Troubleshooting Your Parent’s PC

Troubleshooting Your Parent’s PC

Your parents will need to embrace these philosophies if they are going to allow you to manage their computer remotely. .–PC Pitstop.

By Dave for

Inevitably, there will come a time in your life when you have to manage your parent’s computer remotely. There’s nothing more frustrating for both parties than trying to explain what to do over the phone. The best way to manage a parent’s computer remotely is to setup a remote desktop client and configure the computer so you can access it to perform updates and fix anything that goes wrong.

There are computing philosophies they will need to embrace to accomplish this:

1. They will no longer run as admins on their computer.
2. They are no longer going to use their ISPs email.
3. They are going to have to get into the habit of storing data in the cloud.

The main objective is to help keep your parent’s computer secure and running in your absence, and if that fails, be able to get the machine back to a known good state so they can resume using the PC.

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7 thoughts on “Troubleshooting Your Parent’s PC”

  1. Dave From PCTechBytes,

    I, for one, did not read any inference into your article suggesting that elderly users are in any way stupid or inferior, far from it. The truth of the matter is; many have joined the PC user fraternity late in life and, having not grown up with it, tend to struggle with the technology – and they are people who do not tend to visit tech related sites, whereas the more tech savvy elderly users do.

    I’m nearing 70 and an advanced user and I reckon most of your article is spot on. I would, however, tend to disagree on the simplicity of reimaging remotely and/or over the phone, specifically relating to disaster recovery – which is often the reason for reimaging.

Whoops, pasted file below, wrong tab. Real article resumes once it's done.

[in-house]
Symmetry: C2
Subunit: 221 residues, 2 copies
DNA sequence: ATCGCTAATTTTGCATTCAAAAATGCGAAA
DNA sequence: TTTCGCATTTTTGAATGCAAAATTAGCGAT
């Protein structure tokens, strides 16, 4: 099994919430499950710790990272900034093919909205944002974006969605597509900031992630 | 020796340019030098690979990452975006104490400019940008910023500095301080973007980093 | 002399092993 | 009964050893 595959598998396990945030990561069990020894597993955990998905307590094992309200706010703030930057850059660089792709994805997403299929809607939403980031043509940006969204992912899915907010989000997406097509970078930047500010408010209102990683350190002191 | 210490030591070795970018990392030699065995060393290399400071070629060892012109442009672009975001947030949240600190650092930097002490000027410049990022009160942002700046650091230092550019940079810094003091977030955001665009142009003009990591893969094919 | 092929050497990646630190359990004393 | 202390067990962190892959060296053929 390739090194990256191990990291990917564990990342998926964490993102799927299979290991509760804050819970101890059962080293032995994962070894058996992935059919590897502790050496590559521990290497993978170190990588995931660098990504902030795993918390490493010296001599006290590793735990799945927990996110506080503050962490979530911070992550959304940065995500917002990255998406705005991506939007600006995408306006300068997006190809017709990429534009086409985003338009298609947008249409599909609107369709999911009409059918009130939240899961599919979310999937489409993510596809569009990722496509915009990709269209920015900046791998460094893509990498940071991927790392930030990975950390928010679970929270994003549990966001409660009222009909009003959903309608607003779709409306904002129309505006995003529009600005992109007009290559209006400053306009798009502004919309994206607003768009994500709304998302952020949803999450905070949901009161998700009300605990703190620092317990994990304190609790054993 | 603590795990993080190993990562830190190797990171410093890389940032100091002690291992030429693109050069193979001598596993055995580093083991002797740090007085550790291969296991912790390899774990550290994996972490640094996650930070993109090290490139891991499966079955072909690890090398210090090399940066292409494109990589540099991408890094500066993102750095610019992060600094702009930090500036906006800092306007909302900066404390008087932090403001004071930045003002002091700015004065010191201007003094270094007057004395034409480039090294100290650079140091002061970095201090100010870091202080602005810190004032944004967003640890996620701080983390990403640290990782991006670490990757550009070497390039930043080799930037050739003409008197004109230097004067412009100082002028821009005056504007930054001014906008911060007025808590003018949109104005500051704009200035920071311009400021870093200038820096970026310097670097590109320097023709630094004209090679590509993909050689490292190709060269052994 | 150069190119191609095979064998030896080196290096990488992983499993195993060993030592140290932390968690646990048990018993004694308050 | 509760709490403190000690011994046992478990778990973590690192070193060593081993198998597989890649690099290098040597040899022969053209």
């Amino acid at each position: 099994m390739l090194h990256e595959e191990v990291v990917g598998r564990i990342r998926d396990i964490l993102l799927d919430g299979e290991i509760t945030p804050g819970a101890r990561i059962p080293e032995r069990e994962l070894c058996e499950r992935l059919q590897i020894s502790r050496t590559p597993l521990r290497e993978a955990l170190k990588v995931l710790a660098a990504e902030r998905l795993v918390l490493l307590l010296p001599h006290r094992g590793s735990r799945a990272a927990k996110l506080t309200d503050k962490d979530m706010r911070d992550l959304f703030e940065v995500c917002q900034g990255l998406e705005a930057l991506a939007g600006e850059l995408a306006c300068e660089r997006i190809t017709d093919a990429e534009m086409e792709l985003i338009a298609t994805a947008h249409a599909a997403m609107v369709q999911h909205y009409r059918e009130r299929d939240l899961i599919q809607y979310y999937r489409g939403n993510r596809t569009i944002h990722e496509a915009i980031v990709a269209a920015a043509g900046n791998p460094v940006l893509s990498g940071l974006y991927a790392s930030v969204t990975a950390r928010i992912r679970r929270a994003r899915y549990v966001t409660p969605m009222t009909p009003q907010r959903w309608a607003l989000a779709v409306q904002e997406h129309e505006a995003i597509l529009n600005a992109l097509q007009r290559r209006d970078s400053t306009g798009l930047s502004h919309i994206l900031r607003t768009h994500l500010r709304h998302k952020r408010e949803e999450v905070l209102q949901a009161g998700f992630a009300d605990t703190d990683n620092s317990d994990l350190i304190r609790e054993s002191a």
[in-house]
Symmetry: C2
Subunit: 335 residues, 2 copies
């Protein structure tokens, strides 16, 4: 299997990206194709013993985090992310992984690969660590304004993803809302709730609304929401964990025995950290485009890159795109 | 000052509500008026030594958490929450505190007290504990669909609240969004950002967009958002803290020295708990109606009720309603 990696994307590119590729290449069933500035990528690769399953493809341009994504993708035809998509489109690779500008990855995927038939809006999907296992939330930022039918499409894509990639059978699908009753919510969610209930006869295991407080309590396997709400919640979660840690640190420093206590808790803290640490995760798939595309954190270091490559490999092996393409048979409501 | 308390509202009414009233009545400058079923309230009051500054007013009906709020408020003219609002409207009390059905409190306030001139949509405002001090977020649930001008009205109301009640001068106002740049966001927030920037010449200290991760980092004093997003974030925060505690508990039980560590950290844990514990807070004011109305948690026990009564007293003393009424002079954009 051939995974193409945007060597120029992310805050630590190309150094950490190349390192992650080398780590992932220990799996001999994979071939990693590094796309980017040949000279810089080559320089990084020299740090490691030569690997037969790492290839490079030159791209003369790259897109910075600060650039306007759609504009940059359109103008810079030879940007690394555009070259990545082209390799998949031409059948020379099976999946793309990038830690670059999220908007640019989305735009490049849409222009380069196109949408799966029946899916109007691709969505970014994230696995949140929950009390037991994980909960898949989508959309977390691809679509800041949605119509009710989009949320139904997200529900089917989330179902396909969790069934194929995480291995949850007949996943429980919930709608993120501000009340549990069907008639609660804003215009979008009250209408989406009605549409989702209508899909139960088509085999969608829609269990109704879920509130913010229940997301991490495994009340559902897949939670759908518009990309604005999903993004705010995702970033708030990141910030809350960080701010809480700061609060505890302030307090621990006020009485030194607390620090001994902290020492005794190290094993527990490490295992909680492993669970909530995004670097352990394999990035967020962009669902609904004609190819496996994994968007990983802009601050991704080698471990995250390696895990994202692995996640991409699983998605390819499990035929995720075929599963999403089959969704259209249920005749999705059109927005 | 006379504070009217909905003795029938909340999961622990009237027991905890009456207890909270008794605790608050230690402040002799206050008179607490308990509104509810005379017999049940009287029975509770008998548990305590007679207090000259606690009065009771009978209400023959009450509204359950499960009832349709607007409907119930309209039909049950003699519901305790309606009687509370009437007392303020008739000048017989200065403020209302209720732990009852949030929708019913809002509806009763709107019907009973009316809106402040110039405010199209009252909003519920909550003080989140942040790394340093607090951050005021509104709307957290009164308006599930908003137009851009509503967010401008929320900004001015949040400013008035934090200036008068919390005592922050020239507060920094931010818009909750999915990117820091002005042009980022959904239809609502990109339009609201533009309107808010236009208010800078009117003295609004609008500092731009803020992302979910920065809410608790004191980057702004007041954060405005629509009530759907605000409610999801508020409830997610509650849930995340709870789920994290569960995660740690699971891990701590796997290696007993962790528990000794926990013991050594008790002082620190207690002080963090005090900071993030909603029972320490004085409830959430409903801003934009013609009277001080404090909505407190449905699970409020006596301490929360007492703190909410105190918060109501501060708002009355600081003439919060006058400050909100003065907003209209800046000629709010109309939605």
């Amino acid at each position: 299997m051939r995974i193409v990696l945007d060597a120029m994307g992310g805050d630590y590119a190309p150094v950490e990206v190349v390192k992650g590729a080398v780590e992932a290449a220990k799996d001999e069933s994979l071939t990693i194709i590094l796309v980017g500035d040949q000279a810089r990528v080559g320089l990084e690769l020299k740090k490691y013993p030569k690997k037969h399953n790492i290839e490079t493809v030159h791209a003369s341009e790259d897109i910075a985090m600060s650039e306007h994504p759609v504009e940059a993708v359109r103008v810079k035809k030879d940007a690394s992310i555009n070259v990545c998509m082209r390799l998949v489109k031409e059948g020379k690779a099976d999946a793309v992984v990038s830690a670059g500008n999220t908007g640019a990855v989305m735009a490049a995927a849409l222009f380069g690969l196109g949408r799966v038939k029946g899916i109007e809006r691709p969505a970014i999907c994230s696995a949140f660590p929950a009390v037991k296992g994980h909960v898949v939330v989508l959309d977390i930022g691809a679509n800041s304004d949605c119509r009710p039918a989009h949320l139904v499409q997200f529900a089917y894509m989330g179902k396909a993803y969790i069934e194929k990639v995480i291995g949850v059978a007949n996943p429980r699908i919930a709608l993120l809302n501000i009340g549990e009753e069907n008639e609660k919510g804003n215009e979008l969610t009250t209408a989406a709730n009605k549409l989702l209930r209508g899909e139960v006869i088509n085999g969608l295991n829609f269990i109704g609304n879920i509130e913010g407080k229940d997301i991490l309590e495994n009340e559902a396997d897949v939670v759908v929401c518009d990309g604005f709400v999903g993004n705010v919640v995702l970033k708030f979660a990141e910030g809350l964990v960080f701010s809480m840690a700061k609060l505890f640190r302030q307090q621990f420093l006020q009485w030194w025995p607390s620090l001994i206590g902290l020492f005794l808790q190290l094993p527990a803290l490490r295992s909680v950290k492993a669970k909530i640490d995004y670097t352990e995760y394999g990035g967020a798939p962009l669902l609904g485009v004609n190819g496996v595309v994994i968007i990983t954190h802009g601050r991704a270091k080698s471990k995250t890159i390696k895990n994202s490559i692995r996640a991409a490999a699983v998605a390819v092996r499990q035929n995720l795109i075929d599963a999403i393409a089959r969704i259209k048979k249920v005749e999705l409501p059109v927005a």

Of course, if the operating system won’t load, remote access is impossible.

    Also,considering the tone of your article suggests we are dealing with non tech savvy users, if boot preferences need to be altered via BIOS in order to boot the recovery media, this would be a tricky concept to get across to many over the phone.

    My parents have passed but I know for a fact that trying to explain how to change settings in BIOS over the phone would be nigh on mission impossible with the vast majority of my elderly clientele.

    I utilize a slightly different approach, which also encompasses disaster recovery. I urge all my clientele to maintain critical personal data on external media. I then create an image of the operating system in a known good state and keep that labeled accordingly and safely tucked away on my own external hard drive.

    Seems to work pretty well. Of course, there is often a fair bit of updating needs to be done after the reimaging but it’s a heck of a lot better than having to start all over again from scratch. Plus, provided the system remains in good working order, images can easily be added or updated from time to time.

    Cheers… Jim